SAN FRANCISCO (CBS SF) — Experts say fleas may be mutating and becoming more resistant to topical anti-flea treatments, making them peskier than ever for Bay Area pet owners trying to get rid of them.
One vet KPIX spoke to said the smelly solutions designed to kill fleas that pet owners have been applying to their cats and dogs may not help thanks to survival of the fittest flea.
Katherine Van Ekert with VetPronto is one of many Bay Area vets that are telling pet owners the anti-flea solution produced by companies like Frontline and Advantage that they are buying isn’t working.
“You can imagine when we’re applying a flea product that’s designed to kill a flea and those fleas have random mutations the genes that are resulting and are allowing the fleas to survive are going to win,” explained Van Ekert.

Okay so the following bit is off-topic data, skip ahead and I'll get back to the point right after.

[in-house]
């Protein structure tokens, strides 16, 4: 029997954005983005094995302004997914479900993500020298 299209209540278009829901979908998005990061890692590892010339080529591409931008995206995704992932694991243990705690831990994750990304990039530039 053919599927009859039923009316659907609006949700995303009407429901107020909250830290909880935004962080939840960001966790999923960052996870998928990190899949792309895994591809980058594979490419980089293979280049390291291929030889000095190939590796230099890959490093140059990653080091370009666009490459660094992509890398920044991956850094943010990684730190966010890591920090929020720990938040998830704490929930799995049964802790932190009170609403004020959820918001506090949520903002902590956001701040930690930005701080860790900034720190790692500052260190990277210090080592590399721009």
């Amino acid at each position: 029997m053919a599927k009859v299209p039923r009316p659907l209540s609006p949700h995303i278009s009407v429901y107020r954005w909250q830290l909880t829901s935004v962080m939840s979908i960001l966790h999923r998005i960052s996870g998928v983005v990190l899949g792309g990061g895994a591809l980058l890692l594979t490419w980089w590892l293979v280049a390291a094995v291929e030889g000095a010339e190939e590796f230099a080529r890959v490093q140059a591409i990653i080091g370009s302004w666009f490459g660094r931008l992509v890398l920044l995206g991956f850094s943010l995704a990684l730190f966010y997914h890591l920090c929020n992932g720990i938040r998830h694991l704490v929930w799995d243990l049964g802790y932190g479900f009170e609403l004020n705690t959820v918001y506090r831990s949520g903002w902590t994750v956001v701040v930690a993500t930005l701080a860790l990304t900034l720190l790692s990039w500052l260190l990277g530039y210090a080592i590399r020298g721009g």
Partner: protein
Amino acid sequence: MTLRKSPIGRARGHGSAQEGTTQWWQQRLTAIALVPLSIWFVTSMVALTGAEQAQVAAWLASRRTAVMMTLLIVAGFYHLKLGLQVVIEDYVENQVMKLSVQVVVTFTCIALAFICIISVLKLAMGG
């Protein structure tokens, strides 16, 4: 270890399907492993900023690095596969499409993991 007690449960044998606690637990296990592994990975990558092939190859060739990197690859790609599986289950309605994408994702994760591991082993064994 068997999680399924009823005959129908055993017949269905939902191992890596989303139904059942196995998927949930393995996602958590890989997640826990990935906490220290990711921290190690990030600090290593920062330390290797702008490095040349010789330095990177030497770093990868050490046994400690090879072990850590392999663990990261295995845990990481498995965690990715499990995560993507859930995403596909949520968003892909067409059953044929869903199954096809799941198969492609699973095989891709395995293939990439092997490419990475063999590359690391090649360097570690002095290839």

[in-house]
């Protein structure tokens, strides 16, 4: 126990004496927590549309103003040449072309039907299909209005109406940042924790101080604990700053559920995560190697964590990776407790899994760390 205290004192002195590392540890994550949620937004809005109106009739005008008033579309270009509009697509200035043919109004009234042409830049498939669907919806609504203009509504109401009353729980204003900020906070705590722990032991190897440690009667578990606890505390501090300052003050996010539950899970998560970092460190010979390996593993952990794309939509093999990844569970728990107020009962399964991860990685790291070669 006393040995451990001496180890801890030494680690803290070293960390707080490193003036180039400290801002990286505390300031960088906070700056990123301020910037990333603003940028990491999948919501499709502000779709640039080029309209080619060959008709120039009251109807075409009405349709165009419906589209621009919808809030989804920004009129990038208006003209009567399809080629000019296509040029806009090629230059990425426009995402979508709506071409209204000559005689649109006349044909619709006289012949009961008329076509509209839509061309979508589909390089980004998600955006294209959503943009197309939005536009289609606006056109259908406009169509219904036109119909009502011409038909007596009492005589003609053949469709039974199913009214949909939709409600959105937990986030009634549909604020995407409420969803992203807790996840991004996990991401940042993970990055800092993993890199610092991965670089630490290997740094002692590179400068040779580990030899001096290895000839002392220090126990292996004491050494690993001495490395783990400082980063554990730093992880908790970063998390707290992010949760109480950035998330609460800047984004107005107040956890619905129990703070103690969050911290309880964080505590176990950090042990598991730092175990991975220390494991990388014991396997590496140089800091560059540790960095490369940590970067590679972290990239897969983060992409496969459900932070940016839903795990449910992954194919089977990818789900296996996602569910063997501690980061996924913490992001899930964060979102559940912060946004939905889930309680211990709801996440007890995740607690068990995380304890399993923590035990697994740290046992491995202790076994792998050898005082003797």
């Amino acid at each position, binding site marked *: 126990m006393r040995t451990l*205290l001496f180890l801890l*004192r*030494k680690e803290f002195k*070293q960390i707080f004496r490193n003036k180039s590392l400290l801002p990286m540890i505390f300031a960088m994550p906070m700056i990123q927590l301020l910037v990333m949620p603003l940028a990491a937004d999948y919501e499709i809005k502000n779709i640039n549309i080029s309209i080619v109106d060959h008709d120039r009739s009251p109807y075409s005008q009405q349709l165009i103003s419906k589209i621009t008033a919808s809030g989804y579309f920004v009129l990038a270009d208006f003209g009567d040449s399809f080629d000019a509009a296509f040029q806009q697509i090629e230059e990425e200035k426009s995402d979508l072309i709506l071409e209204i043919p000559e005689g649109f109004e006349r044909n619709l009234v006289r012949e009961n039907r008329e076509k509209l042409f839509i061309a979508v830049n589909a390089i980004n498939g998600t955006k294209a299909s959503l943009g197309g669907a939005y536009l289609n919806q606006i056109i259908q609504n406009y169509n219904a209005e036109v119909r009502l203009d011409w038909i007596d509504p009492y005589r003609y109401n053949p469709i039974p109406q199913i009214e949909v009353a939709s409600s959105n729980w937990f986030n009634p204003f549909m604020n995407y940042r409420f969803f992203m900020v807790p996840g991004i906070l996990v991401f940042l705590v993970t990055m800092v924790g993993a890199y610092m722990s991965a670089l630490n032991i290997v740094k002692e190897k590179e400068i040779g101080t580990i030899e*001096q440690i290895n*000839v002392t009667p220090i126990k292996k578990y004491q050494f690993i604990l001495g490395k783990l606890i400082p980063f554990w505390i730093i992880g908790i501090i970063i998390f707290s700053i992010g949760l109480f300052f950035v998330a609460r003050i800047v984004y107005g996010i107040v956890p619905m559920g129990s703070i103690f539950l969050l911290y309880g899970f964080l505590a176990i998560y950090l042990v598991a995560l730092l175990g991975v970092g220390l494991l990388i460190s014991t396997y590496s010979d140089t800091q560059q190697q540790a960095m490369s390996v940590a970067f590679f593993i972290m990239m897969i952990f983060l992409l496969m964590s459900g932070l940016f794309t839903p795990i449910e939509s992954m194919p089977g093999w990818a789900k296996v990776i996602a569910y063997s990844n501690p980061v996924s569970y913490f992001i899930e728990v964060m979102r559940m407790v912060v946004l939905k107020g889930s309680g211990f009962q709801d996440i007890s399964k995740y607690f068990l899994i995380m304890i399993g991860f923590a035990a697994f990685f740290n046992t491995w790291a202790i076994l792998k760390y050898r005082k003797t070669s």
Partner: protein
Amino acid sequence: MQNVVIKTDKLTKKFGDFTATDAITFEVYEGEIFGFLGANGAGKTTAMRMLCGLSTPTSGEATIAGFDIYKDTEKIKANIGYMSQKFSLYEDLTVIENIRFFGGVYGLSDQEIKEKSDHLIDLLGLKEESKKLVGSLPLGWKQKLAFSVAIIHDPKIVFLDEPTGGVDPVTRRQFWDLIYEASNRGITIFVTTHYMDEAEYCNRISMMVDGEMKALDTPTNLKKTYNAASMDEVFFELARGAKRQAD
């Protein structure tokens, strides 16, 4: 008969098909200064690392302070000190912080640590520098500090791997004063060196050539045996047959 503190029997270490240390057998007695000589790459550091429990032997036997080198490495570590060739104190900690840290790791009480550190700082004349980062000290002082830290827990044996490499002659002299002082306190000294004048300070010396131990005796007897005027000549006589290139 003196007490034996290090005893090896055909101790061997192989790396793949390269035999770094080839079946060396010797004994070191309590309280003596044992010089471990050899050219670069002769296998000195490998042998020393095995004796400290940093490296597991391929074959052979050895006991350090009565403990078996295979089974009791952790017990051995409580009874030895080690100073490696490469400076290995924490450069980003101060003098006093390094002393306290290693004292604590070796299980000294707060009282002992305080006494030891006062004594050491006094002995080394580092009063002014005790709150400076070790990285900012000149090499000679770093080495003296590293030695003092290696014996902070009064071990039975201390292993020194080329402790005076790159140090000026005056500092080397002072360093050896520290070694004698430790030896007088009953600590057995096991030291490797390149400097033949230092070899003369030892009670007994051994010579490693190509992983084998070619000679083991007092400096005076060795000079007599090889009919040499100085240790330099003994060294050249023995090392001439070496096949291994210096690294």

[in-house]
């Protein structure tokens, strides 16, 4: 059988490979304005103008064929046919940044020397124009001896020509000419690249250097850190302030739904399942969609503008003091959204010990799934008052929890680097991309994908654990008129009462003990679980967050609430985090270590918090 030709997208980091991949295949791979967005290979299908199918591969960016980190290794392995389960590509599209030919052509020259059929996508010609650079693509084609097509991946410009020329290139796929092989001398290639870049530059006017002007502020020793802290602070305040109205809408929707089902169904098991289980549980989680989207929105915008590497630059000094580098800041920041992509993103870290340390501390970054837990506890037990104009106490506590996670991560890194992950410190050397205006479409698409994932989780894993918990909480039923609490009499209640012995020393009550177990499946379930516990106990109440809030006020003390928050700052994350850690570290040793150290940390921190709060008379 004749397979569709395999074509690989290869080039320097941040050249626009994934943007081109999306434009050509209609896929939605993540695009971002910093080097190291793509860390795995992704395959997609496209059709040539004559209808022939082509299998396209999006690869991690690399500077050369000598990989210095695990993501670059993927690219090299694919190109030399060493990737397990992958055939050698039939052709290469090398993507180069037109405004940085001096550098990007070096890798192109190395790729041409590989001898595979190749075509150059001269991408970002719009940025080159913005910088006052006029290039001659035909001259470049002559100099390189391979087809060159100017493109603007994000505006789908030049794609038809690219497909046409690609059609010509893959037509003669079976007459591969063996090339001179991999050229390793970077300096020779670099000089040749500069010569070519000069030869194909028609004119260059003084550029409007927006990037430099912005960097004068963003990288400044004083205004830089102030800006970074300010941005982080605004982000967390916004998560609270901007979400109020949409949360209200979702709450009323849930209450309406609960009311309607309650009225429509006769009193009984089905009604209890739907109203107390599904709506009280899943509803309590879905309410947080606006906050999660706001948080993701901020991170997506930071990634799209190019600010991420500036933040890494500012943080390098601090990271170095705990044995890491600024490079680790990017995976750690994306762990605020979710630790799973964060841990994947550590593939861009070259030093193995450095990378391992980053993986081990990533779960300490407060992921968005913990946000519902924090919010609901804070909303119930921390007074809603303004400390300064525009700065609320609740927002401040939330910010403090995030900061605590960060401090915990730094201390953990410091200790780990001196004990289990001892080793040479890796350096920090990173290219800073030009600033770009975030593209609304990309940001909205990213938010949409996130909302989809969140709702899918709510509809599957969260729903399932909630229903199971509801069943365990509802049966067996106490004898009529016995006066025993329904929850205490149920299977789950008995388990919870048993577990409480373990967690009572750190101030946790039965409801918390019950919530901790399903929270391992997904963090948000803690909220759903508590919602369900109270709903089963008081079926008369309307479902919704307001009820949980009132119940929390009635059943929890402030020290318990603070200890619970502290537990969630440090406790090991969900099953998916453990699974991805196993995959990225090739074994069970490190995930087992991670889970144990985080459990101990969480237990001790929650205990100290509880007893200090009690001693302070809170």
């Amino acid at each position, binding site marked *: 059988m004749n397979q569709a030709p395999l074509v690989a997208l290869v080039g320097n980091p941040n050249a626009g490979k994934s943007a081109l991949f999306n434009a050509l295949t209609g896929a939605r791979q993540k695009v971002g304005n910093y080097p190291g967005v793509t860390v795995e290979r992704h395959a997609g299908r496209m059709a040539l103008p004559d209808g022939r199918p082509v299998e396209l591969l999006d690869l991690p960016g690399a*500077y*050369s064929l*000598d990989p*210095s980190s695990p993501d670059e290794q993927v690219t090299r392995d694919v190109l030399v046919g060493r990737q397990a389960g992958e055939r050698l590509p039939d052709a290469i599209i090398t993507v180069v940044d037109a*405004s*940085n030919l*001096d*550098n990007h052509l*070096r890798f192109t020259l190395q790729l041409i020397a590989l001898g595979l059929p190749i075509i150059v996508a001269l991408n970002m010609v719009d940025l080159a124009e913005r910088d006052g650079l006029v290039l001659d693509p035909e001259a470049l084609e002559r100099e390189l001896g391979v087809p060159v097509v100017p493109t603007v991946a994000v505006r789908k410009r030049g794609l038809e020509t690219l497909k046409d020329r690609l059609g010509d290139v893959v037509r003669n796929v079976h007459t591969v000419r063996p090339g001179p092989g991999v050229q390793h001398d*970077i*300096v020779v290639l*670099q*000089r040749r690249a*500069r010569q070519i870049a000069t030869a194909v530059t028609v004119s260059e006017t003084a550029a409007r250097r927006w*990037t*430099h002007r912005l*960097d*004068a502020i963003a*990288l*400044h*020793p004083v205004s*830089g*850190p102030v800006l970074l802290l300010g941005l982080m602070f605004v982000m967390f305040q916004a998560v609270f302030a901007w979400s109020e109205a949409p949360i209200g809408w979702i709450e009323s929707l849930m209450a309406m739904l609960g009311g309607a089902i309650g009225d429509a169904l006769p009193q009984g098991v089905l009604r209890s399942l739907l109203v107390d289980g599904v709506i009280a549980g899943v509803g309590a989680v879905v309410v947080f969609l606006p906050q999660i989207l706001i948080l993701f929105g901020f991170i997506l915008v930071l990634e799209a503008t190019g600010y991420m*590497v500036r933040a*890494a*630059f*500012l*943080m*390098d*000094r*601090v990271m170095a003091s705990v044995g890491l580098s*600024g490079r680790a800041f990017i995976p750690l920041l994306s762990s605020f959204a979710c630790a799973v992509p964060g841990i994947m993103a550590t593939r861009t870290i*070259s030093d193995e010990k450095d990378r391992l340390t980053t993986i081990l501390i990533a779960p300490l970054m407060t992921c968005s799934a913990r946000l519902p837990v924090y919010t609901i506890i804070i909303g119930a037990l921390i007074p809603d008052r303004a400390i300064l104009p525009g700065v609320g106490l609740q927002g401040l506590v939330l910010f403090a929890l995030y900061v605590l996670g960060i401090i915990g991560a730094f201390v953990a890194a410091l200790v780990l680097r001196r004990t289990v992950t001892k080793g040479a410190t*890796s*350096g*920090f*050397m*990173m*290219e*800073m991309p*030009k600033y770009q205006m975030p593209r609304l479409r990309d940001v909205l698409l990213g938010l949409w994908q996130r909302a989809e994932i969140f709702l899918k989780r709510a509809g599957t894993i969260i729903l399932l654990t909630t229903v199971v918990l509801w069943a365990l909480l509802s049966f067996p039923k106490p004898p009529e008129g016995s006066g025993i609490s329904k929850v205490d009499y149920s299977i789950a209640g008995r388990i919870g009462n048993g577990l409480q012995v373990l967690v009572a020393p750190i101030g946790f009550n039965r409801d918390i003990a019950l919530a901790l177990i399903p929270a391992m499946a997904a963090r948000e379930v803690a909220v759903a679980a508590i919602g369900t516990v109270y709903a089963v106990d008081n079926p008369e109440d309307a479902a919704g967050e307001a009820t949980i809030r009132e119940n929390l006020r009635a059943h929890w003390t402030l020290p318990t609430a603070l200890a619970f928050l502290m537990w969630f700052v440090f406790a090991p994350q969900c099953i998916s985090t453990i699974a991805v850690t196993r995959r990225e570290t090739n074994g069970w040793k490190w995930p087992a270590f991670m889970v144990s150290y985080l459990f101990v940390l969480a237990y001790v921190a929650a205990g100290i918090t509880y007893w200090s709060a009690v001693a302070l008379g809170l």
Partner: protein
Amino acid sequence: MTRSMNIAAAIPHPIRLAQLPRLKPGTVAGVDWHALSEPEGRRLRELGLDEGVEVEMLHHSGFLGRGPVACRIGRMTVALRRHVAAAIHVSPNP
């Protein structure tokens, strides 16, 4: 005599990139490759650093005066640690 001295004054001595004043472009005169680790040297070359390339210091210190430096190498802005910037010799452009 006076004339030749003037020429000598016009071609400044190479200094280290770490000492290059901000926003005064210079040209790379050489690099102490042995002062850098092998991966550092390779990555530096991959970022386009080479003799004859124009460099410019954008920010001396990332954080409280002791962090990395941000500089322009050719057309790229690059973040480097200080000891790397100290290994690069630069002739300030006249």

Fleas may have mutated, but Van Ekert says the flea problem also has to do with the warmer weather.
“This past summer has been dragging on months and months, so flea populations, they have been really small to start off with and they’re growing,” said Van Ekert. “Normally, they go into dormancy in the winter, so they will hibernate for a while. But it just hasn’t been cold enough for that yet.”
Pet owner Kelly Edwards said his dog Fred has had flea issues for the past year.
“I’m definitely hearing this for the first time, and that actually is relieving to me,” said Edwards.
But Janine Aiello, another pet owner, told KPIX she knew this all along.
“He’s never gotten rid of any fleas with that topical solution,” said Aiello. “I’ve tried every single brand topically and none have ever worked.”
Her message to pet owners? Stop buying the stuff.
“I think they’re wasting their money because they don’t work as far as relieving the dog of fleas,” said Aiello.
Instead, vets are recommending oral flea medications like Nextguard, which Frontline also makes.
Despite what vets have recommended, Frontline and Advantage topical solutions are still available in stores. KPIX reached out to the companies, but have not received any response.